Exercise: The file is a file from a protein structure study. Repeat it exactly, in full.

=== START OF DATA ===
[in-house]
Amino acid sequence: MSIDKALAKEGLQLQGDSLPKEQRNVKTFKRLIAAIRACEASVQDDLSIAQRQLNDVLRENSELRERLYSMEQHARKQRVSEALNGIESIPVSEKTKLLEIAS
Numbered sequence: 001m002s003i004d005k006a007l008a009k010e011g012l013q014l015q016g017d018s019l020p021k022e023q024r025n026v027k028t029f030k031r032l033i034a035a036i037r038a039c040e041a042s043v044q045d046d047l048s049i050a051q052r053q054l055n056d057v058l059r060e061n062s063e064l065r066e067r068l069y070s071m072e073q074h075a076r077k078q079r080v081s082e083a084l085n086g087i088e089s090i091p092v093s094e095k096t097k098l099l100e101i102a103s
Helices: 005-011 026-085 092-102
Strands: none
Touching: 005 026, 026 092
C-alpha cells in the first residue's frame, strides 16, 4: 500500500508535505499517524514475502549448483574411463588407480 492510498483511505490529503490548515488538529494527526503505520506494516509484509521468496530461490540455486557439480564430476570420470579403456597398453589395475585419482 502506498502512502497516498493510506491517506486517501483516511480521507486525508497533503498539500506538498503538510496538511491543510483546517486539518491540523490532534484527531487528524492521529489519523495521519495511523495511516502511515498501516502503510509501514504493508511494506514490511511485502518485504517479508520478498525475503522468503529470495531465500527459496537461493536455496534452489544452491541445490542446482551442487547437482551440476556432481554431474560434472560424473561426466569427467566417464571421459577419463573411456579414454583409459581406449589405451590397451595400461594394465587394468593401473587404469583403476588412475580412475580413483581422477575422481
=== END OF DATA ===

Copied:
[in-house]
Amino acid sequence: MSIDKALAKEGLQLQGDSLPKEQRNVKTFKRLIAAIRACEASVQDDLSIAQRQLNDVLRENSELRERLYSMEQHARKQRVSEALNGIESIPVSEKTKLLEIAS
Numbered sequence: 001m002s003i004d005k006a007l008a009k010e011g012l013q014l015q016g017d018s019l020p021k022e023q024r025n026v027k028t029f030k031r032l033i034a035a036i037r038a039c040e041a042s043v044q045d046d047l048s049i050a051q052r053q054l055n056d057v058l059r060e061n062s063e064l065r066e067r068l069y070s071m072e073q074h075a076r077k078q079r080v081s082e083a084l085n086g087i088e089s090i091p092v093s094e095k096t097k098l099l100e101i102a103s
Helices: 005-011 026-085 092-102
Strands: none
Touching: 005 026, 026 092
C-alpha cells in the first residue's frame, strides 16, 4: 500500500508535505499517524514475502549448483574411463588407480 492510498483511505490529503490548515488538529494527526503505520506494516509484509521468496530461490540455486557439480564430476570420470579403456597398453589395475585419482 502506498502512502497516498493510506491517506486517501483516511480521507486525508497533503498539500506538498503538510496538511491543510483546517486539518491540523490532534484527531487528524492521529489519523495521519495511523495511516502511515498501516502503510509501514504493508511494506514490511511485502518485504517479508520478498525475503522468503529470495531465500527459496537461493536455496534452489544452491541445490542446482551442487547437482551440476556432481554431474560434472560424473561426466569427467566417464571421459577419463573411456579414454583409459581406449589405451590397451595400461594394465587394468593401473587404469583403476588412475580412475580413483581422477575422481